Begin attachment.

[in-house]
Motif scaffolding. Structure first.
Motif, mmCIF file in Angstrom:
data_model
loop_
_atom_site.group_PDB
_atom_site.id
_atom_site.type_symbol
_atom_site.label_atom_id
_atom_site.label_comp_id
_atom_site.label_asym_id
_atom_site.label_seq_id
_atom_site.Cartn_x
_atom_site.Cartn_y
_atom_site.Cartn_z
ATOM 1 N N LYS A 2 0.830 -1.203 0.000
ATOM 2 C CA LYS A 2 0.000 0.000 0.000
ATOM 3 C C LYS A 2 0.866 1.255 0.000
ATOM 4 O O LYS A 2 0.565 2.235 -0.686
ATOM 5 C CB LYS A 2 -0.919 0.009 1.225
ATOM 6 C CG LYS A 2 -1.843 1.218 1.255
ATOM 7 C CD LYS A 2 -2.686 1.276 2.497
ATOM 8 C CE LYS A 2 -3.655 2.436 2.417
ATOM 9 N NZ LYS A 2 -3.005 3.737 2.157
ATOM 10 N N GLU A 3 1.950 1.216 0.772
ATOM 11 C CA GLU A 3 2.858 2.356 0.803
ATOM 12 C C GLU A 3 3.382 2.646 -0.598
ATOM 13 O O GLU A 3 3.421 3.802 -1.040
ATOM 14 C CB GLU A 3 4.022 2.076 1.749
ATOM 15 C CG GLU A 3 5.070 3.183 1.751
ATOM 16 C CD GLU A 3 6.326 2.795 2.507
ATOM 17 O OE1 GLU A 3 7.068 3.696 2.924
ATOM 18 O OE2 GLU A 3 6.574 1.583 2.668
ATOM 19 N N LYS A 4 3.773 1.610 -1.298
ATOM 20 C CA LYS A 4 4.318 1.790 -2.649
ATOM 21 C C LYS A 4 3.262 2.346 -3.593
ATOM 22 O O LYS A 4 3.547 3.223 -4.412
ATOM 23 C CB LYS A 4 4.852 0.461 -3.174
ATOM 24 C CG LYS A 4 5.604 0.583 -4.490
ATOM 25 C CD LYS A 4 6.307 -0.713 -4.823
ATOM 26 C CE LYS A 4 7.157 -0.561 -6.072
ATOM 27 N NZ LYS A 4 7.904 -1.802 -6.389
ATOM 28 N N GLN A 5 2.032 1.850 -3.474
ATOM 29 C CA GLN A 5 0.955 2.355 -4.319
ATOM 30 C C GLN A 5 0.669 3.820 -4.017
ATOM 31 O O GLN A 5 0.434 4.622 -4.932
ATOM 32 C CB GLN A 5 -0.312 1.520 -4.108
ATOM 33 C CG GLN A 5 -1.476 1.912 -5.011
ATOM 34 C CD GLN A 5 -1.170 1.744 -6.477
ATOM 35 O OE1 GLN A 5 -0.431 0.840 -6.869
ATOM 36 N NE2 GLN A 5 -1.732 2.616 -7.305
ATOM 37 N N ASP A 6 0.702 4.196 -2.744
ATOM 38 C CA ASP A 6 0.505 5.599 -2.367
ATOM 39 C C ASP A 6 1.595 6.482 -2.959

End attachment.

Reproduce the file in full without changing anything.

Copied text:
[in-house]
Motif scaffolding. Structure first.
Motif, mmCIF file in Angstrom:
data_model
loop_
_atom_site.group_PDB
_atom_site.id
_atom_site.type_symbol
_atom_site.label_atom_id
_atom_site.label_comp_id
_atom_site.label_asym_id
_atom_site.label_seq_id
_atom_site.Cartn_x
_atom_site.Cartn_y
_atom_site.Cartn_z
ATOM 1 N N LYS A 2 0.830 -1.203 0.000
ATOM 2 C CA LYS A 2 0.000 0.000 0.000
ATOM 3 C C LYS A 2 0.866 1.255 0.000
ATOM 4 O O LYS A 2 0.565 2.235 -0.686
ATOM 5 C CB LYS A 2 -0.919 0.009 1.225
ATOM 6 C CG LYS A 2 -1.843 1.218 1.255
ATOM 7 C CD LYS A 2 -2.686 1.276 2.497
ATOM 8 C CE LYS A 2 -3.655 2.436 2.417
ATOM 9 N NZ LYS A 2 -3.005 3.737 2.157
ATOM 10 N N GLU A 3 1.950 1.216 0.772
ATOM 11 C CA GLU A 3 2.858 2.356 0.803
ATOM 12 C C GLU A 3 3.382 2.646 -0.598
ATOM 13 O O GLU A 3 3.421 3.802 -1.040
ATOM 14 C CB GLU A 3 4.022 2.076 1.749
ATOM 15 C CG GLU A 3 5.070 3.183 1.751
ATOM 16 C CD GLU A 3 6.326 2.795 2.507
ATOM 17 O OE1 GLU A 3 7.068 3.696 2.924
ATOM 18 O OE2 GLU A 3 6.574 1.583 2.668
ATOM 19 N N LYS A 4 3.773 1.610 -1.298
ATOM 20 C CA LYS A 4 4.318 1.790 -2.649
ATOM 21 C C LYS A 4 3.262 2.346 -3.593
ATOM 22 O O LYS A 4 3.547 3.223 -4.412
ATOM 23 C CB LYS A 4 4.852 0.461 -3.174
ATOM 24 C CG LYS A 4 5.604 0.583 -4.490
ATOM 25 C CD LYS A 4 6.307 -0.713 -4.823
ATOM 26 C CE LYS A 4 7.157 -0.561 -6.072
ATOM 27 N NZ LYS A 4 7.904 -1.802 -6.389
ATOM 28 N N GLN A 5 2.032 1.850 -3.474
ATOM 29 C CA GLN A 5 0.955 2.355 -4.319
ATOM 30 C C GLN A 5 0.669 3.820 -4.017
ATOM 31 O O GLN A 5 0.434 4.622 -4.932
ATOM 32 C CB GLN A 5 -0.312 1.520 -4.108
ATOM 33 C CG GLN A 5 -1.476 1.912 -5.011
ATOM 34 C CD GLN A 5 -1.170 1.744 -6.477
ATOM 35 O OE1 GLN A 5 -0.431 0.840 -6.869
ATOM 36 N NE2 GLN A 5 -1.732 2.616 -7.305
ATOM 37 N N ASP A 6 0.702 4.196 -2.744
ATOM 38 C CA ASP A 6 0.505 5.599 -2.367
ATOM 39 C C ASP A 6 1.595 6.482 -2.959